An excerpt from my music history textbook (next time you use sheet music or a manuscript, think of these guys!):
"The preservation of the Roman liturgy and the repertory of Gregorian chant in manuscripts— books laboriously written and copied by hand— was one of the greatest accomplishments of the monastic communities of the Middle Ages.
"Manuscript production was a routine part of monastic life. Places within the monastery were set aside as writing workshops, or scriptoria. The word scriptorium also refers to the entire group of monks who were engaged in producing a manuscript, from the novices who prepared the ink and parchment or drew lines on which music was then notated, to the skilled workers who put the finishing touches on the book’s covers. The bookmaking process extended beyond the scriptorium to the monks who toiled outside the monastery. An entire flock of sheep was needed to provide the parchment for a single book; and wild game such as deer and boar were hunted to furnish the leather used for binding the volumes…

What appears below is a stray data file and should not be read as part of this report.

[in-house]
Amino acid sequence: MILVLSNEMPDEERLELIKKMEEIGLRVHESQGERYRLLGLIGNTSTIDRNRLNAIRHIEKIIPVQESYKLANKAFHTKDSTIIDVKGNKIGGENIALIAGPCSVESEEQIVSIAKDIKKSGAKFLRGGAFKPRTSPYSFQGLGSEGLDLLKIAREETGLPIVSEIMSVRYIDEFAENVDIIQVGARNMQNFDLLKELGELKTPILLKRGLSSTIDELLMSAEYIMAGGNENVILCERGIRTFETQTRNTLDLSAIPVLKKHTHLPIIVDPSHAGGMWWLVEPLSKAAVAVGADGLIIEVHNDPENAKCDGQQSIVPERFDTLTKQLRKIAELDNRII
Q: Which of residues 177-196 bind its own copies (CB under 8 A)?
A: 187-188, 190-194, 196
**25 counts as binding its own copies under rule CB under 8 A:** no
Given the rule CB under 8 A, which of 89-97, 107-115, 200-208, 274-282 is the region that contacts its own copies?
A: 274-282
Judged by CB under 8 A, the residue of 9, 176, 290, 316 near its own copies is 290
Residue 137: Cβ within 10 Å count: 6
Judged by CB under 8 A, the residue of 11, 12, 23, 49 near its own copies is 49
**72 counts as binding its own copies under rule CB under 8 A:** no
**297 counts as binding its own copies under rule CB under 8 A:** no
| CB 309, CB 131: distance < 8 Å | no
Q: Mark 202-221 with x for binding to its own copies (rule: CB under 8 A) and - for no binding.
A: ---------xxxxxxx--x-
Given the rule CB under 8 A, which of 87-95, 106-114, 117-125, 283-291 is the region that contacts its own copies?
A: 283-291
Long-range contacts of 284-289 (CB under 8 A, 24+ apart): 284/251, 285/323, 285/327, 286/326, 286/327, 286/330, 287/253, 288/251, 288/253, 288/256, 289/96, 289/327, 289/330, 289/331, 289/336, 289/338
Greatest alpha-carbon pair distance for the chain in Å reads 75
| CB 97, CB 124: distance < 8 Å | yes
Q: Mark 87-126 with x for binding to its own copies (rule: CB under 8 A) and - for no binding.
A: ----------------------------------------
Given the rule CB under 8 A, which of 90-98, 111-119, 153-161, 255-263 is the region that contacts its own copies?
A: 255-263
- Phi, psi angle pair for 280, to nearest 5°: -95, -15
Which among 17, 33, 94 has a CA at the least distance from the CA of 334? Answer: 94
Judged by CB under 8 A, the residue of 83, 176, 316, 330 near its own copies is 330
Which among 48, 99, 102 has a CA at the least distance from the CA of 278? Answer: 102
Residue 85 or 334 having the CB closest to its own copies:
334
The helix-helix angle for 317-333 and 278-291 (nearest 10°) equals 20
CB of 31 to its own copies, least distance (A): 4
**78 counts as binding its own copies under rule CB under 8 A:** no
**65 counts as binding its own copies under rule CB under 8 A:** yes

"Trainees first had to learn how to make the letters and notes conform exactly to the style of writing that was in use at the time; there was no room for individuality."
-A History of Western Music